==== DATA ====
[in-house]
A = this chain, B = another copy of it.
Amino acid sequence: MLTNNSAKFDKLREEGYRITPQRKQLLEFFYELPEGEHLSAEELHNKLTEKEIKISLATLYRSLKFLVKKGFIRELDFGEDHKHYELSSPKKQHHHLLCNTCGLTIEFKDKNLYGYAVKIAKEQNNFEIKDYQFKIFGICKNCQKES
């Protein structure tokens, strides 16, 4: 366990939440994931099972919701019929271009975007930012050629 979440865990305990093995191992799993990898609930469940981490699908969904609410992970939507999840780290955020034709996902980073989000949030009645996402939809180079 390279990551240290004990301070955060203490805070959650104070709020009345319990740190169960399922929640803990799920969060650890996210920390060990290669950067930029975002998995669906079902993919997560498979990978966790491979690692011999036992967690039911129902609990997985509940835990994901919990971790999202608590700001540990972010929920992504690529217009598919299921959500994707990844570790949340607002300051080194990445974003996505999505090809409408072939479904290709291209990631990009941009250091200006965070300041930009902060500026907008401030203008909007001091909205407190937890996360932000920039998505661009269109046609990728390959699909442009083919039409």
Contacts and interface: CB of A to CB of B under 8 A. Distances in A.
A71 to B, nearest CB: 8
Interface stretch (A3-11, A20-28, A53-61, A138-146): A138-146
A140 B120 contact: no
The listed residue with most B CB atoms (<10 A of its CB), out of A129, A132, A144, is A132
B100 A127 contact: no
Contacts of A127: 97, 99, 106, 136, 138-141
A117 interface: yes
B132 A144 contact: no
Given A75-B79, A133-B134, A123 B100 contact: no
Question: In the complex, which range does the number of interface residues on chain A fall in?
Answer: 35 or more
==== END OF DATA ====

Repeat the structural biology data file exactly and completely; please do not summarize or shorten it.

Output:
[in-house]
A = this chain, B = another copy of it.
Amino acid sequence: MLTNNSAKFDKLREEGYRITPQRKQLLEFFYELPEGEHLSAEELHNKLTEKEIKISLATLYRSLKFLVKKGFIRELDFGEDHKHYELSSPKKQHHHLLCNTCGLTIEFKDKNLYGYAVKIAKEQNNFEIKDYQFKIFGICKNCQKES
């Protein structure tokens, strides 16, 4: 366990939440994931099972919701019929271009975007930012050629 979440865990305990093995191992799993990898609930469940981490699908969904609410992970939507999840780290955020034709996902980073989000949030009645996402939809180079 390279990551240290004990301070955060203490805070959650104070709020009345319990740190169960399922929640803990799920969060650890996210920390060990290669950067930029975002998995669906079902993919997560498979990978966790491979690692011999036992967690039911129902609990997985509940835990994901919990971790999202608590700001540990972010929920992504690529217009598919299921959500994707990844570790949340607002300051080194990445974003996505999505090809409408072939479904290709291209990631990009941009250091200006965070300041930009902060500026907008401030203008909007001091909205407190937890996360932000920039998505661009269109046609990728390959699909442009083919039409």
Contacts and interface: CB of A to CB of B under 8 A. Distances in A.
A71 to B, nearest CB: 8
Interface stretch (A3-11, A20-28, A53-61, A138-146): A138-146
A140 B120 contact: no
The listed residue with most B CB atoms (<10 A of its CB), out of A129, A132, A144, is A132
B100 A127 contact: no
Contacts of A127: 97, 99, 106, 136, 138-141
A117 interface: yes
B132 A144 contact: no
Given A75-B79, A133-B134, A123 B100 contact: no
Question: In the complex, which range does the number of interface residues on chain A fall in?
Answer: 35 or more